August 2014
Volume 14, Issue 10
Free
Vision Sciences Society Annual Meeting Abstract  |   August 2014
The Effects of Spatial and Temporal Predictability on Reaction Time in a Continuous Performance Task: Predicting Where but Not When.
Author Affiliations
  • Benjamin DeCorte
    Department of Psychology, Villanova University
  • Amanda van Lamsweerde
    Department of Psychology, Louisiana State University
  • Melissa Beck
    Department of Psychology, Louisiana State University
Journal of Vision August 2014, Vol.14, 312. doi:10.1167/14.10.312
  • Views
  • Share
  • Tools
    • Alerts
      ×
      This feature is available to Subscribers Only
      Sign In or Create an Account ×
    • Get Citation

      Benjamin DeCorte, Amanda van Lamsweerde, Melissa Beck; The Effects of Spatial and Temporal Predictability on Reaction Time in a Continuous Performance Task: Predicting Where but Not When.. Journal of Vision 2014;14(10):312. doi: 10.1167/14.10.312.

      Download citation file:


      © ARVO (1962-2015); The Authors (2016-present)

      ×
  • Supplements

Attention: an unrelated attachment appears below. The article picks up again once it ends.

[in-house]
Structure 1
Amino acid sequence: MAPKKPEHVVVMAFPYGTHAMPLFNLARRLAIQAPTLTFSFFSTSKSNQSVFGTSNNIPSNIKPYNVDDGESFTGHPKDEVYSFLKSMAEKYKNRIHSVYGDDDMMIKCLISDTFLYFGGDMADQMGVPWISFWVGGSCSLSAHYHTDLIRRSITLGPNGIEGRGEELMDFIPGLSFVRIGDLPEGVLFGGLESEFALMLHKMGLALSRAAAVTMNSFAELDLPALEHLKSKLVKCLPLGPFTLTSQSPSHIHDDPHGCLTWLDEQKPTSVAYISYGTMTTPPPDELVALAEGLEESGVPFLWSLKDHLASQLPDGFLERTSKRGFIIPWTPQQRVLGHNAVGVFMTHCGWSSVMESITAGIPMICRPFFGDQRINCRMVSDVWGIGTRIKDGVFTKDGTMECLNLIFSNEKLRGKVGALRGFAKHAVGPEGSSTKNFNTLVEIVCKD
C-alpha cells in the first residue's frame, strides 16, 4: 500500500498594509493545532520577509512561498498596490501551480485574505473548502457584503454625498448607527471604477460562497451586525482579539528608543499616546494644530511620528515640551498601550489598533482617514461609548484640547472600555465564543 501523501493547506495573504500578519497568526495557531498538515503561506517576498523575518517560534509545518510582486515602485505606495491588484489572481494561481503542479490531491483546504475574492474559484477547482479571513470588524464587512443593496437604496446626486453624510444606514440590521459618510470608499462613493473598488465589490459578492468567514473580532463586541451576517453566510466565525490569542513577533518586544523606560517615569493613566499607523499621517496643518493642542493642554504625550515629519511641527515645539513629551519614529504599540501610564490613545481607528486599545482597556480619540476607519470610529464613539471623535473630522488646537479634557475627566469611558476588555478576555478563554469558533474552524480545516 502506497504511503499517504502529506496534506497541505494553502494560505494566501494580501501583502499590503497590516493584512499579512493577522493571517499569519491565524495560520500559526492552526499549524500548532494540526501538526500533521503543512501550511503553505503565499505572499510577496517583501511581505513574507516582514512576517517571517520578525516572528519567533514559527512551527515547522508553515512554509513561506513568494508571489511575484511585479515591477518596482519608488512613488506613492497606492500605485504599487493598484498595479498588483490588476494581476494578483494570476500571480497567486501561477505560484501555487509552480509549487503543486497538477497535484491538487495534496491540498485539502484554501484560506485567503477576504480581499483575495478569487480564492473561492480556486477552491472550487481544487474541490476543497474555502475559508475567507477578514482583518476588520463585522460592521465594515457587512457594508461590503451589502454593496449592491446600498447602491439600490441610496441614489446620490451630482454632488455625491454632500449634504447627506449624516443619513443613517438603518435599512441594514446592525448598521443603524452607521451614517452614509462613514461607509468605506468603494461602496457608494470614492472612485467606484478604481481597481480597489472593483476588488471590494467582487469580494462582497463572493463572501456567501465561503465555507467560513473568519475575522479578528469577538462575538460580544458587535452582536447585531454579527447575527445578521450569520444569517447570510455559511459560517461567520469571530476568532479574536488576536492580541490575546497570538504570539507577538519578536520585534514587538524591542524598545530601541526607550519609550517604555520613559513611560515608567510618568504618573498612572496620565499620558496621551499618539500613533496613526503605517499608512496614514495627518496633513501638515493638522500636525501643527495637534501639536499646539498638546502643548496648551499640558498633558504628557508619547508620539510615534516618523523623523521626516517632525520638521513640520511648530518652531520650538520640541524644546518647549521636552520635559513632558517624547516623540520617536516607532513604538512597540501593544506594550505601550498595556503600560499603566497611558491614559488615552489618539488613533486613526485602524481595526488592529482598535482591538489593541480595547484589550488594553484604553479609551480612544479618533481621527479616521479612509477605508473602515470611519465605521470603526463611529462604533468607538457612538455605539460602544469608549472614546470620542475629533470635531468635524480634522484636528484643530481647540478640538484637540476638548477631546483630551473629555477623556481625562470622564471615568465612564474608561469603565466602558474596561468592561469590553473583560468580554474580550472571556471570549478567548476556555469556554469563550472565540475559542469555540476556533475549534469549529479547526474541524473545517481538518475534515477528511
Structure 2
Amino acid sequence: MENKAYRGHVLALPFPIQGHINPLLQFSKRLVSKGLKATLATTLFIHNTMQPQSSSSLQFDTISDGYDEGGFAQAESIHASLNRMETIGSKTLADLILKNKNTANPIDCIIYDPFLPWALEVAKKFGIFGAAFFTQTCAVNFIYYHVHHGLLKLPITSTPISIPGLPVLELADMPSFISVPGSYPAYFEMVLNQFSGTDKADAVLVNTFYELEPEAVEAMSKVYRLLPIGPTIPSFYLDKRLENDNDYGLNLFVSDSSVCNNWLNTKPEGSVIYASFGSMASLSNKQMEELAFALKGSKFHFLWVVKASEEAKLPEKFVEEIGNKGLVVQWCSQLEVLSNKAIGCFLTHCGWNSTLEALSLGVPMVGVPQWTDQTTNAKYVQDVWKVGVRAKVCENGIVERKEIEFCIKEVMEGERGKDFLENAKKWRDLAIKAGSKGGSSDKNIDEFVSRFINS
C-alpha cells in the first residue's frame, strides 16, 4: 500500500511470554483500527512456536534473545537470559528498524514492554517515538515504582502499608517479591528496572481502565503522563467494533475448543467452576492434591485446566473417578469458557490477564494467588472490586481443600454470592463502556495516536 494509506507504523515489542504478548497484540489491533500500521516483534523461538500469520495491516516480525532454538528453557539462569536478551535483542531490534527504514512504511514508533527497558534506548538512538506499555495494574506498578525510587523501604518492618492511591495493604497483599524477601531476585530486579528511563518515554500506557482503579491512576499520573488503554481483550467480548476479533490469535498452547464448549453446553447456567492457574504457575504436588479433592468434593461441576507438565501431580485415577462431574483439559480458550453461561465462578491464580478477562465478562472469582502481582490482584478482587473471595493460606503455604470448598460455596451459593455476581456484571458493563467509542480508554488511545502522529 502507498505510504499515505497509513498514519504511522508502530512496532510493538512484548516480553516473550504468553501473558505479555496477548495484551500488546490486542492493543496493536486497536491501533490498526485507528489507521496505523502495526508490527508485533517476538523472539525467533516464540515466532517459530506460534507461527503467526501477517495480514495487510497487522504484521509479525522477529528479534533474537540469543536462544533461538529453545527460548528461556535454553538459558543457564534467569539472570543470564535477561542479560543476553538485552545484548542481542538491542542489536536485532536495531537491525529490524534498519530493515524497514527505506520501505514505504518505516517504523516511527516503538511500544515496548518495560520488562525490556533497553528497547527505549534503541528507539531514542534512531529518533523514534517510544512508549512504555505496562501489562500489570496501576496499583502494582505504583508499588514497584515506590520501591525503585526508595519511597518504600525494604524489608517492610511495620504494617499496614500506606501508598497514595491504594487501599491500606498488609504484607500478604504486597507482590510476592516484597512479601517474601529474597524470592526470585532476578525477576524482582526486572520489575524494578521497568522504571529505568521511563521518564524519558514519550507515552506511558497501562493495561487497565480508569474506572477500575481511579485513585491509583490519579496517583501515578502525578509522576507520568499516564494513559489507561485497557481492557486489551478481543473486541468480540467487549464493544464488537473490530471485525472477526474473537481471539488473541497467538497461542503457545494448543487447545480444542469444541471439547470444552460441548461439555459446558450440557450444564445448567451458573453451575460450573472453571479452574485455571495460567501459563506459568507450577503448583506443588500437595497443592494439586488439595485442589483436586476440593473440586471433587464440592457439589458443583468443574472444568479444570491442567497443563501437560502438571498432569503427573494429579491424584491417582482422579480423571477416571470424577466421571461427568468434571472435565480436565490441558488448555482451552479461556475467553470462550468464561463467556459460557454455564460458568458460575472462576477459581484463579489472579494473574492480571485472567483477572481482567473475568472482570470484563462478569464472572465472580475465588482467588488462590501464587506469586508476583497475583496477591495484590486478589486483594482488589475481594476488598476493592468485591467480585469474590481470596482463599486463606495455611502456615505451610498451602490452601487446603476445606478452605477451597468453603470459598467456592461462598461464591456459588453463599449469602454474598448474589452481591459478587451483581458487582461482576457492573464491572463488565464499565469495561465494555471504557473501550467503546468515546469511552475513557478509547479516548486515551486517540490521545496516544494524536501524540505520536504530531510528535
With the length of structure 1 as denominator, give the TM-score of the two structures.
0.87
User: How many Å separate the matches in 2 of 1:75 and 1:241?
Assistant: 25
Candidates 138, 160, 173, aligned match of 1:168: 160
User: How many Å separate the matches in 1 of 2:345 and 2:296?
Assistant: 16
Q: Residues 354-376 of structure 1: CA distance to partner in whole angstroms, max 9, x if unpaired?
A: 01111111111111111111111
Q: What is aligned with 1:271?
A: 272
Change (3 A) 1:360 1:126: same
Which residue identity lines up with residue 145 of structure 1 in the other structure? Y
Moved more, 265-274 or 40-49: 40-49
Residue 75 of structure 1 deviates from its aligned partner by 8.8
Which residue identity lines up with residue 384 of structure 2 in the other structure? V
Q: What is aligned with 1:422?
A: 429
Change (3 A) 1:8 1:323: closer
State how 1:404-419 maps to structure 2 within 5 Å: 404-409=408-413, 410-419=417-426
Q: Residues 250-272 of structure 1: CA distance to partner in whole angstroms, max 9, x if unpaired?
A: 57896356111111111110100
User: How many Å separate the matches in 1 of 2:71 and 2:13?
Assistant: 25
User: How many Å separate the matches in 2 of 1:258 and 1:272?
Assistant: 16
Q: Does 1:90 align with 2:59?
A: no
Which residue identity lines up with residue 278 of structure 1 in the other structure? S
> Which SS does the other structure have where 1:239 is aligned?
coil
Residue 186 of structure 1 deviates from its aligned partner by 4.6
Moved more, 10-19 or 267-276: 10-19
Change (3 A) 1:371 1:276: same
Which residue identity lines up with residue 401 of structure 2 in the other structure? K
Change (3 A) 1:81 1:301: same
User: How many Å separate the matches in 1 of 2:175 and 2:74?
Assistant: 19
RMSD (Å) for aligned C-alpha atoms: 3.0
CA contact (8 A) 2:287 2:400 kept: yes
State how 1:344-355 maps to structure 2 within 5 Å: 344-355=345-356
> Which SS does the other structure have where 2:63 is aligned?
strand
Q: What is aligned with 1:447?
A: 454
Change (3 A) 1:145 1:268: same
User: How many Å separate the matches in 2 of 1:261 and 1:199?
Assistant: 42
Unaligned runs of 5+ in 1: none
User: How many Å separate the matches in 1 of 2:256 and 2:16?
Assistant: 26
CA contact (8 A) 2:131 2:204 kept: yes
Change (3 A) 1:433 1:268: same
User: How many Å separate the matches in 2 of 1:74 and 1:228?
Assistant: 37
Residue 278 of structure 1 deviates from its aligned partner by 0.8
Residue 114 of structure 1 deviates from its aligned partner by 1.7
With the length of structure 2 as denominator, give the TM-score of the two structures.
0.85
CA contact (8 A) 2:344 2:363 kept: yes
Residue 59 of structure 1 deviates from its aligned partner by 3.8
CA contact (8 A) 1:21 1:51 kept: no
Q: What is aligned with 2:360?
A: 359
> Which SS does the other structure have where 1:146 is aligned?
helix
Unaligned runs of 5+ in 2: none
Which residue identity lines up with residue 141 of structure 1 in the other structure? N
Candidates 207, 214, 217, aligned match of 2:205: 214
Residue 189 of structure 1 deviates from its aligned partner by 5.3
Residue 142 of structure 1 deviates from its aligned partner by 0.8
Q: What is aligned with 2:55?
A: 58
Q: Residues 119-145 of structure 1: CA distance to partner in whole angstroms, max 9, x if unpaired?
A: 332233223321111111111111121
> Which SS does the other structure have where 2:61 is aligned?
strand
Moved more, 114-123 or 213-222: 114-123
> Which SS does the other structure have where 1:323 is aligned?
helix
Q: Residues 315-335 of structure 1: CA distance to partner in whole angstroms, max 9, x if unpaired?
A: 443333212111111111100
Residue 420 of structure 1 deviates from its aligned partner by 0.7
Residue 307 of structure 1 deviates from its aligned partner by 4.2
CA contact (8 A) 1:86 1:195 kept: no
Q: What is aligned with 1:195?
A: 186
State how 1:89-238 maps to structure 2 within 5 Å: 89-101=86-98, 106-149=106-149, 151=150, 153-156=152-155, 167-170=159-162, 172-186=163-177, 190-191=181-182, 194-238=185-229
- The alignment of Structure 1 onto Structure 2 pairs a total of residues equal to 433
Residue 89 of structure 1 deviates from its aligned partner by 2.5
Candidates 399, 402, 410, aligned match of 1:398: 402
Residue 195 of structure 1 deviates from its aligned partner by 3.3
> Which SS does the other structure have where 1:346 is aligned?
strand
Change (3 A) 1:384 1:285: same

Abstract

In everyday life, we must extract information from the environment in order to generate predictions about future events and adjust behavior accordingly. Spatial and temporal aspects of objects in our environment can be particularly useful. Therefore, it is important to understand how spatial and temporal predictability can be learned in order to optimize behavior. Our study used a continuous performance task where a target (a red square) appeared in one of four possible locations, after one of four possible inter-trial-intervals (ITIs). Participants pressed a button as soon as they detected the target. The target location on trial n was associated with a particular location (spatial predictability) and ITI (temporal predictability) for the target on trial n + 1. Each target location was associated with a particular location and ITI (randomly determined for each participant before each block) for the following target appearance (e.g., if a target appeared in location a on trial n, there was a certain probability that it would appear in location b on trial n + 1). Across blocks of trials, we independently manipulated the degree of spatial and temporal predictability (low-25%, medium-65%, or high-90%). When target locations were highly predictive of the location of the next target, there was a significant reduction in reaction times (RT). However, high temporal predictability did not affect RT. Furthermore, there was no interaction between spatial and temporal predictability. Therefore, while participants were able to learn and use spatial information to predict where the next target would appear, they were not able to use this information to predict when the next target would appear.

Meeting abstract presented at VSS 2014

×
×

This PDF is available to Subscribers Only

Sign in or purchase a subscription to access this content. ×

You must be signed into an individual account to use this feature.

×